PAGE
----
150 crafters will sell their wares at Pittsburgh's annual Handmade Arcade
Craig Peterson brews several cups of coffee at a time, but drinks only one.
The others are for show — for art shows, really.
Peterson of Indiana, Pa., creates “coffee art” by painting with the liquid. He is inspired by java and its varying shades of color, depending on the roast.
Peterson will be one of 40 new vendors out of 150 at the 12th annual Handmade Arcade on Dec. 5 at the David L. Lawrence Convention Center, Downtown.
“I love tea, but the coffee was darker and when I created my coffee art, people liked it,” says Peterson, whose pieces sell for $25 to $400 (artworkontherun.) “A lot of people ask me, ‘What is coffee art?' I will explain it, and they think it's fun to look at — because it's different.”
Seeing something out of the ordinary is the basis of Handmade Arcade, which this year received a record number of applications — more than 400 — for this juried show.
Handmade Arcade is run by a collective of creatives who have helped to shape and bolster Pittsburgh's independent craft scene. The event features affordable, hand-constructed wares from imaginative and talented crafters.
Products range from artwork, bath and body items and accessories to geekery, housewares and woodworking.
Jennifer Baron, co-coordinator and public relations manager of Handmade Arcade, says the event is committed to supporting local makers and the independent craft movement. At least 75 percent of the vendors are local.
“Numerous featured vendors have gone on to receive national and international recognition, develop brand-new product lines, work on major commissions and open studio spaces and brick-and-mortar shops,” Baron says.
Handmade Arcade offers shoppers an opportunity to meet the makers and talk about their creative process, product lines and background, Baron says.
The artists enjoy talking about what they do, says Sarah Silk, who, with her mother, Louise, owns SilkDenim (silkdenim.us), based in the South Side. They fashion denim garments, bags, quilts and home accessories from vintage clothing, especially jeans. Louise Silk has been a fiber artist for more than 40 years and she teamed with her daughter two years ago on this project.
“We know (Handmake Arcade) is Pittsburgh's most original and independent craft fair,” Sarah Silk says. “And it's an important part of the maker movement. It's our first retail venue, and we wanted to be a part of it so we can expose our work to people who appreciate handmade goods.”
The pieces are transformed from deconstructed jeans and shirts. Prices range from $5 to more than $100.
Making items that you can't find everywhere is why Dana Valente of Leechburg likes being part of Handmade Arcade. She owns Nina Ramone (ninaramone.etsy.com), a business named after her beloved German shepherd. She has created new designs for this event — some are limited-edition. Her collection includes earmuffs, scarves and hats. Prices range from $22 to $98.
“I can't imagine not being a part of Handmade Arcade,” Valente says. “Handmade Arcade has a prestigious reputation. Handmade Arcade's selection of artists sets the bar pretty high. It's great validation in my work that I'm doing something right to be welcomed back. It inspires and challenges me to make sure my work continues to evolve each year. To survive as a seasonal artist, I need to keep my customers coming back to see what new designs I've made each year.”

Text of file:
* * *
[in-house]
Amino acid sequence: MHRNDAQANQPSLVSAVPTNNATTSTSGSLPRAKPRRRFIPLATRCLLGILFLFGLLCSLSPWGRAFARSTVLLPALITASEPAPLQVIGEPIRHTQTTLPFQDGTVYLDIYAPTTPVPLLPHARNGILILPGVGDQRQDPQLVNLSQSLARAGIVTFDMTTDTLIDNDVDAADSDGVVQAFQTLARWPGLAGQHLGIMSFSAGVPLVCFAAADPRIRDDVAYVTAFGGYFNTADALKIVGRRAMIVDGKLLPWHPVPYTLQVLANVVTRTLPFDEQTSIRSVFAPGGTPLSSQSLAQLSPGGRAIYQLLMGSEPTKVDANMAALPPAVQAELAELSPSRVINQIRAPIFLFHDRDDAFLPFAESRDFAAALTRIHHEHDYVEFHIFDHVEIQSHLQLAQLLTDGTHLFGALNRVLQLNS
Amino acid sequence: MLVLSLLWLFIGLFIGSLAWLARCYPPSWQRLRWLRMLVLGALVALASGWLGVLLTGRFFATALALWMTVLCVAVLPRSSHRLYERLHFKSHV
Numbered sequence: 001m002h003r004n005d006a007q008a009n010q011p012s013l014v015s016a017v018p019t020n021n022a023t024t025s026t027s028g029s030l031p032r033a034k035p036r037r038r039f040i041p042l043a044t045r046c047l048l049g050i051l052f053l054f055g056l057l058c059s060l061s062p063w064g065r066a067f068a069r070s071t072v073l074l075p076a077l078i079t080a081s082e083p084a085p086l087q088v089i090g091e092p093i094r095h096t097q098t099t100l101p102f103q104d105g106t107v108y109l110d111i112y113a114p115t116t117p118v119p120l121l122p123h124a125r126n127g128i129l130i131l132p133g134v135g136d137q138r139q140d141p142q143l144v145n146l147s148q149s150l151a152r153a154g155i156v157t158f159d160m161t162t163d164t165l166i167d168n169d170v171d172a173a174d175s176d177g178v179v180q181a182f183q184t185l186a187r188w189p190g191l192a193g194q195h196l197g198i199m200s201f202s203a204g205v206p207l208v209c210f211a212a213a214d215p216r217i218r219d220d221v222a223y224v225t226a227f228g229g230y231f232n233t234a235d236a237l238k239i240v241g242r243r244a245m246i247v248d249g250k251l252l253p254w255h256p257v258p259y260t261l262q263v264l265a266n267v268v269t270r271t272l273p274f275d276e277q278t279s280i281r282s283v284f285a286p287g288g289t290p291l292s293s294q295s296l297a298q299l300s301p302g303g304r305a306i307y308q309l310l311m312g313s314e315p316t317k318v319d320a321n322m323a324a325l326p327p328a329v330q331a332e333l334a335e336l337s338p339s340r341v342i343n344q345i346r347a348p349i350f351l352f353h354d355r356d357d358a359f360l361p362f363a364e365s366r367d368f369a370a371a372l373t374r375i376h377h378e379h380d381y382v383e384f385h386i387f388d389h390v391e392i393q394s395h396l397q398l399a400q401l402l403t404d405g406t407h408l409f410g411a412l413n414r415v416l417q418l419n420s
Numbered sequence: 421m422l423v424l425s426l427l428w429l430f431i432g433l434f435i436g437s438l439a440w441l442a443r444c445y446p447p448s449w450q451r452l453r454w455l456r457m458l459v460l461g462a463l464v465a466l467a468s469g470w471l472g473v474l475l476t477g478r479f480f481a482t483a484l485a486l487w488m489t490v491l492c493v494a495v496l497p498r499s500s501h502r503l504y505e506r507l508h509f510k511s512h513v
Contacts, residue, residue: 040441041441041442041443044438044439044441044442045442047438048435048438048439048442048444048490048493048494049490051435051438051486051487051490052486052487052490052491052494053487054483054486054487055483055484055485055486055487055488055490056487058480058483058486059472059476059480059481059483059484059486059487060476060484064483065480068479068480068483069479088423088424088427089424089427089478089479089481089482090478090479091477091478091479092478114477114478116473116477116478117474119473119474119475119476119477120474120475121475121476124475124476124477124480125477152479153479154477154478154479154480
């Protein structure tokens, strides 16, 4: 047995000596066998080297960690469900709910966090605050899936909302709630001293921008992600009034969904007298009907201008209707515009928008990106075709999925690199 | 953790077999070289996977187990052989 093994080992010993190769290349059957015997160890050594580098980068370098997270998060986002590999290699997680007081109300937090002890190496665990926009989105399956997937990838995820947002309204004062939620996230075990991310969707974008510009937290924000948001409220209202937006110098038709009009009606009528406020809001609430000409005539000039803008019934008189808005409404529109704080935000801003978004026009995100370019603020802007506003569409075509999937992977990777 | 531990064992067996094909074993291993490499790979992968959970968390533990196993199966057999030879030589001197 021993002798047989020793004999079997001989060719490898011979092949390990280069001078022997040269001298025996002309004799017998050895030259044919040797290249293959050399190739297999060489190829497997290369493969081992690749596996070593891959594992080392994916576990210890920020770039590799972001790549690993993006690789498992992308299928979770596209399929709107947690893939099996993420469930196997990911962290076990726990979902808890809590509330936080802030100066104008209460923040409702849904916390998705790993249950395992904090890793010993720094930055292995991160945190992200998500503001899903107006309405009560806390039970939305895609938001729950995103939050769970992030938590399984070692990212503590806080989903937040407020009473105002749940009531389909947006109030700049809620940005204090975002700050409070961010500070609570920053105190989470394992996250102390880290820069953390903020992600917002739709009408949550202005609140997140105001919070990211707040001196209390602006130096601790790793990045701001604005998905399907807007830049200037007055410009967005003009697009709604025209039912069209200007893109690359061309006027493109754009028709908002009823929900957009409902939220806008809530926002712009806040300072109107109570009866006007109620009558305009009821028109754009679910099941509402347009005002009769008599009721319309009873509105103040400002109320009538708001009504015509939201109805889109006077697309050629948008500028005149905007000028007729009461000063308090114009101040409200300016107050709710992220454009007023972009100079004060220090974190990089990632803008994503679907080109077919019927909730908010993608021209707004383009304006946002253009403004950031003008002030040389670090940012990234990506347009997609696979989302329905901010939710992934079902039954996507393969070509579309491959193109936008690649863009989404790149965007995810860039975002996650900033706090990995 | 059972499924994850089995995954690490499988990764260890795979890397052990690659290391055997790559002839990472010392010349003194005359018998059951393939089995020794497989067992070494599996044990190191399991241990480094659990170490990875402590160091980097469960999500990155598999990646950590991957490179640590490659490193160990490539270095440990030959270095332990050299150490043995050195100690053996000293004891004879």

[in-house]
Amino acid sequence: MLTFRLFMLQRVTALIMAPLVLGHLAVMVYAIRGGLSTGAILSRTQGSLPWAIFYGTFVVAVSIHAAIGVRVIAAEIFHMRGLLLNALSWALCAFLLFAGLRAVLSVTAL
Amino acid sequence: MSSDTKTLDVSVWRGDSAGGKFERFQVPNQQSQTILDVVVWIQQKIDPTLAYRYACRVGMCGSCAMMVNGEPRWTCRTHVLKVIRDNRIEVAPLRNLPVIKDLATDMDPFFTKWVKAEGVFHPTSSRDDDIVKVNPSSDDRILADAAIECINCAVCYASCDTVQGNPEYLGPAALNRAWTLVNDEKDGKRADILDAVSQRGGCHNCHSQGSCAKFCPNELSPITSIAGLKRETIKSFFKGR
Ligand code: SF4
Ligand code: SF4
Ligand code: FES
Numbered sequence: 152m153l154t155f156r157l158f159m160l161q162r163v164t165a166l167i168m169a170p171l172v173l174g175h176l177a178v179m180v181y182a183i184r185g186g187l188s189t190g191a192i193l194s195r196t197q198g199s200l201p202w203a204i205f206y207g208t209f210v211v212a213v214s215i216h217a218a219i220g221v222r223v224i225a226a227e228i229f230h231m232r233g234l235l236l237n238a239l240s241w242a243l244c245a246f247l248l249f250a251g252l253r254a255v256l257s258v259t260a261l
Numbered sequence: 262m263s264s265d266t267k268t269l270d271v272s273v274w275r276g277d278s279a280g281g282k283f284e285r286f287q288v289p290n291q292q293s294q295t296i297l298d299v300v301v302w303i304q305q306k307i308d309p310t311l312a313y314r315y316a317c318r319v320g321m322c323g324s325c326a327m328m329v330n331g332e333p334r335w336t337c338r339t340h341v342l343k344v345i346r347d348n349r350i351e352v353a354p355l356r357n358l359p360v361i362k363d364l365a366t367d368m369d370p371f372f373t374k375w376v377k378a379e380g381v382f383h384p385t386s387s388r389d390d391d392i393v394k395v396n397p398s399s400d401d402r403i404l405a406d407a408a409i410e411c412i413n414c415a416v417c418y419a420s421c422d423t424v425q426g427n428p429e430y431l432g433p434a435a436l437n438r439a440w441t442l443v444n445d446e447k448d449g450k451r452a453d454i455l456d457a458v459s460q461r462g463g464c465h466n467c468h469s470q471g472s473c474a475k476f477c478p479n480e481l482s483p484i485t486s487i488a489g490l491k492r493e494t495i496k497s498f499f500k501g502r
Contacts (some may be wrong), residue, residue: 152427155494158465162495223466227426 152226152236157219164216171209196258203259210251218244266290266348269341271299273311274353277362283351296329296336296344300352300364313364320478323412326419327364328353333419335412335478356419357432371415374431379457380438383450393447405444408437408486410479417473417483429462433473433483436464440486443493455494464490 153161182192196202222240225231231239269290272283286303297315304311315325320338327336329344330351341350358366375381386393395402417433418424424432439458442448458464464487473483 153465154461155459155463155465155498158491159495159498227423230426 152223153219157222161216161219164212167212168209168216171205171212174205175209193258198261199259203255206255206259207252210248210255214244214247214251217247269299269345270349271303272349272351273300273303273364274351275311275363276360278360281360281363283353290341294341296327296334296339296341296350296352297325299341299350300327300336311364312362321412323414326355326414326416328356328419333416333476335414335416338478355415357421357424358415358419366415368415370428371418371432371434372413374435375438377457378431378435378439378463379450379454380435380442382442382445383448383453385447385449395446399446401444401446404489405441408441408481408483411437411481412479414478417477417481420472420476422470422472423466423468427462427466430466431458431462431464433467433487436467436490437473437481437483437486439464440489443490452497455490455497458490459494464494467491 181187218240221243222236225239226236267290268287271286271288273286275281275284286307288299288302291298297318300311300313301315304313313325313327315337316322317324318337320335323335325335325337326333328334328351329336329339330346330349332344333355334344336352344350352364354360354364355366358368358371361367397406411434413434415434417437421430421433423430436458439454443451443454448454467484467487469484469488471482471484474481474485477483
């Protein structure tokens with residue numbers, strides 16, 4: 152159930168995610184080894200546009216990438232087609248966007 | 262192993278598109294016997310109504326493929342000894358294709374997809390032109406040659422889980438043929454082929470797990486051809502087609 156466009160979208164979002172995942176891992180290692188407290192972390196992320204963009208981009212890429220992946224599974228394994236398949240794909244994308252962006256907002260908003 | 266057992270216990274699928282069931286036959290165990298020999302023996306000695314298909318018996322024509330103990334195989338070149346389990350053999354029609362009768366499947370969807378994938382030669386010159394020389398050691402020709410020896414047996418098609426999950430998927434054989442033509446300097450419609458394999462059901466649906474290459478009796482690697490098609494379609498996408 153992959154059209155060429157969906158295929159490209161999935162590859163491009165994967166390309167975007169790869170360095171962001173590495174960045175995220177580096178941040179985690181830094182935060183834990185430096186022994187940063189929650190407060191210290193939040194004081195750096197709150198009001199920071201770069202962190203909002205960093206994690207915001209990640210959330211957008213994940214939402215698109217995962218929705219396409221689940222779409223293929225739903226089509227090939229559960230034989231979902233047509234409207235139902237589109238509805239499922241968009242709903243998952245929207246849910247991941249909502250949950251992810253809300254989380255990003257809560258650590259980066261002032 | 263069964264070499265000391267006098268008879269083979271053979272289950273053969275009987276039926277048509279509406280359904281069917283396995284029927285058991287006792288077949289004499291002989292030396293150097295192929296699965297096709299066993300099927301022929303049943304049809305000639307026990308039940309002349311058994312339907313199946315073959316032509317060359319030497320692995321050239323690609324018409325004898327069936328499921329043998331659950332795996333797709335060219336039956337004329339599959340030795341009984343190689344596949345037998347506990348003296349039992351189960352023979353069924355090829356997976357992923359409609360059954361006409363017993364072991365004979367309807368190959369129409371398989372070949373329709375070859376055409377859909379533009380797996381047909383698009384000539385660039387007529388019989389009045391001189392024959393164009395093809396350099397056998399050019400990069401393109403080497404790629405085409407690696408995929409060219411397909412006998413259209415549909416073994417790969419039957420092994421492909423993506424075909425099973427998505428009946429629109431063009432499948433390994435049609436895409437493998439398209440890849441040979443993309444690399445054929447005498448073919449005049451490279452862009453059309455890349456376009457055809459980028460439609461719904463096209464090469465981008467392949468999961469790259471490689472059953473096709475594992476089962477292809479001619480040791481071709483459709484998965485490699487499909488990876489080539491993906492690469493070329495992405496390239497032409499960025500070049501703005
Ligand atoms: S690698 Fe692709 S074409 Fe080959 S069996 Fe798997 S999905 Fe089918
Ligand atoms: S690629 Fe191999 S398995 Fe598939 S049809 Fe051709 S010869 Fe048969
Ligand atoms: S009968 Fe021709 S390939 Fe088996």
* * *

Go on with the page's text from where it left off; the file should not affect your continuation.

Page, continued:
Valente says the word “handmade” does not quite do the show justice. Some people are leery of handmade items because of questionable quality. But Handmade Arcade is more of an artisan trade show, she says, because each vendor is an established artist and displays a specialized trade or set of skills that makes their work go beyond the term “handmade.”
Jenny Nemlekar of the Strip District uses her engineering background to create handbags out of leather, canvas and hardware for her company Jenny N. Design (jennyndesign.com). She doesn't have formal training but, while in college, her artistic side was fighting against her engineering studies as she made purses in her dorm room.
She credits her husband, Shay, with helping with the company. The couple moved here from Texas so he could attend the Tepper School of Business at Carnegie Mellon University.
“Handmade Arcade does such a great job of curating such a diverse mix of artists who do different things,” Nemlekar says. “They bring in customers who have a strong heart in supporting local artists. Pittsburgh is a city that has a strong loyalty to artists.”
Her bags — wristlets to cross-body to laptop bags — range from $50 to $350.
Shoppers can take part in making something in the expanded Hands-on-Handmade area. The area features short and daylong drop-in projects, demonstrations, mini-tutorials, make-and-take activities, performances and large-scale art installations.
There will be a book launch for Handmade Arcade's first print publication “Things Making Things: A DIY Coloring Book.” It features commissioned artwork by Pittsburgh-based artists and Handmade Arcade vendors. Proceeds will benefit Handmade Arcade's educational and outreach activities.
The signature Handmade Arcade “Scissor Girl” logo was transformed into custom-made string and stencil artworks created by Pittsburgh-based designer Kara Reid of Ohio Township. These newly commissioned sculptural works are the inspiration for Handmade Arcade's limited-edition tote bags, posters and buttons, which will be for sale.
“This was a fun opportunity to be part of Handmade Arcade, which is an event for innovative artists,” Reid says. “I wanted to create something that would represent the talent at Handmade Arcade.”
JoAnne Klimovich Harrop is a staff writer for Trib Total Media. She can be reached at email@example.com or 412-320-7889.